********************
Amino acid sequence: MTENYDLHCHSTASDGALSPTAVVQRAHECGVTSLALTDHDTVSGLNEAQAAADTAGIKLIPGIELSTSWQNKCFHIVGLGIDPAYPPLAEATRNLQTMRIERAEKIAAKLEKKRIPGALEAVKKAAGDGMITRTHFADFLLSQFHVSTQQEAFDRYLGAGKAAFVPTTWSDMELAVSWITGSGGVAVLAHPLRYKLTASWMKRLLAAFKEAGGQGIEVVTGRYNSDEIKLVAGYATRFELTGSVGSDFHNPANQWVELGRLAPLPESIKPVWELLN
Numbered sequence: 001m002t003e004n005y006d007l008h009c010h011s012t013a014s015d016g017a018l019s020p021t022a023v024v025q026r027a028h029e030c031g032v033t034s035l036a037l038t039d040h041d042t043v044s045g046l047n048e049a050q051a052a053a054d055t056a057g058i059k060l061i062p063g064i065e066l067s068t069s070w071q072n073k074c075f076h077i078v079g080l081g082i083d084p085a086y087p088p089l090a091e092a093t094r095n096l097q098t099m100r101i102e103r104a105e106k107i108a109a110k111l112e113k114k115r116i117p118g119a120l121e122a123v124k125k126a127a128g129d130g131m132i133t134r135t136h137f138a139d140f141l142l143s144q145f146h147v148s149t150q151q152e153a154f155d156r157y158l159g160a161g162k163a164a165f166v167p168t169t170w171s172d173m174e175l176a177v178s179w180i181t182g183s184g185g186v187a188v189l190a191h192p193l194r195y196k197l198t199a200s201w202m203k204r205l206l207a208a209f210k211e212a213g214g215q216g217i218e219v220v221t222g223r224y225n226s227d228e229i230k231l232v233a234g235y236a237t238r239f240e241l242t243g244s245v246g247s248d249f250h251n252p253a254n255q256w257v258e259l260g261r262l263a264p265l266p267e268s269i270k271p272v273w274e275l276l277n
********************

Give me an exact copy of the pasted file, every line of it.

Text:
Amino acid sequence: MTENYDLHCHSTASDGALSPTAVVQRAHECGVTSLALTDHDTVSGLNEAQAAADTAGIKLIPGIELSTSWQNKCFHIVGLGIDPAYPPLAEATRNLQTMRIERAEKIAAKLEKKRIPGALEAVKKAAGDGMITRTHFADFLLSQFHVSTQQEAFDRYLGAGKAAFVPTTWSDMELAVSWITGSGGVAVLAHPLRYKLTASWMKRLLAAFKEAGGQGIEVVTGRYNSDEIKLVAGYATRFELTGSVGSDFHNPANQWVELGRLAPLPESIKPVWELLN
Numbered sequence: 001m002t003e004n005y006d007l008h009c010h011s012t013a014s015d016g017a018l019s020p021t022a023v024v025q026r027a028h029e030c031g032v033t034s035l036a037l038t039d040h041d042t043v044s045g046l047n048e049a050q051a052a053a054d055t056a057g058i059k060l061i062p063g064i065e066l067s068t069s070w071q072n073k074c075f076h077i078v079g080l081g082i083d084p085a086y087p088p089l090a091e092a093t094r095n096l097q098t099m100r101i102e103r104a105e106k107i108a109a110k111l112e113k114k115r116i117p118g119a120l121e122a123v124k125k126a127a128g129d130g131m132i133t134r135t136h137f138a139d140f141l142l143s144q145f146h147v148s149t150q151q152e153a154f155d156r157y158l159g160a161g162k163a164a165f166v167p168t169t170w171s172d173m174e175l176a177v178s179w180i181t182g183s184g185g186v187a188v189l190a191h192p193l194r195y196k197l198t199a200s201w202m203k204r205l206l207a208a209f210k211e212a213g214g215q216g217i218e219v220v221t222g223r224y225n226s227d228e229i230k231l232v233a234g235y236a237t238r239f240e241l242t243g244s245v246g247s248d249f250h251n252p253a254n255q256w257v258e259l260g261r262l263a264p265l266p267e268s269i270k271p272v273w274e275l276l277n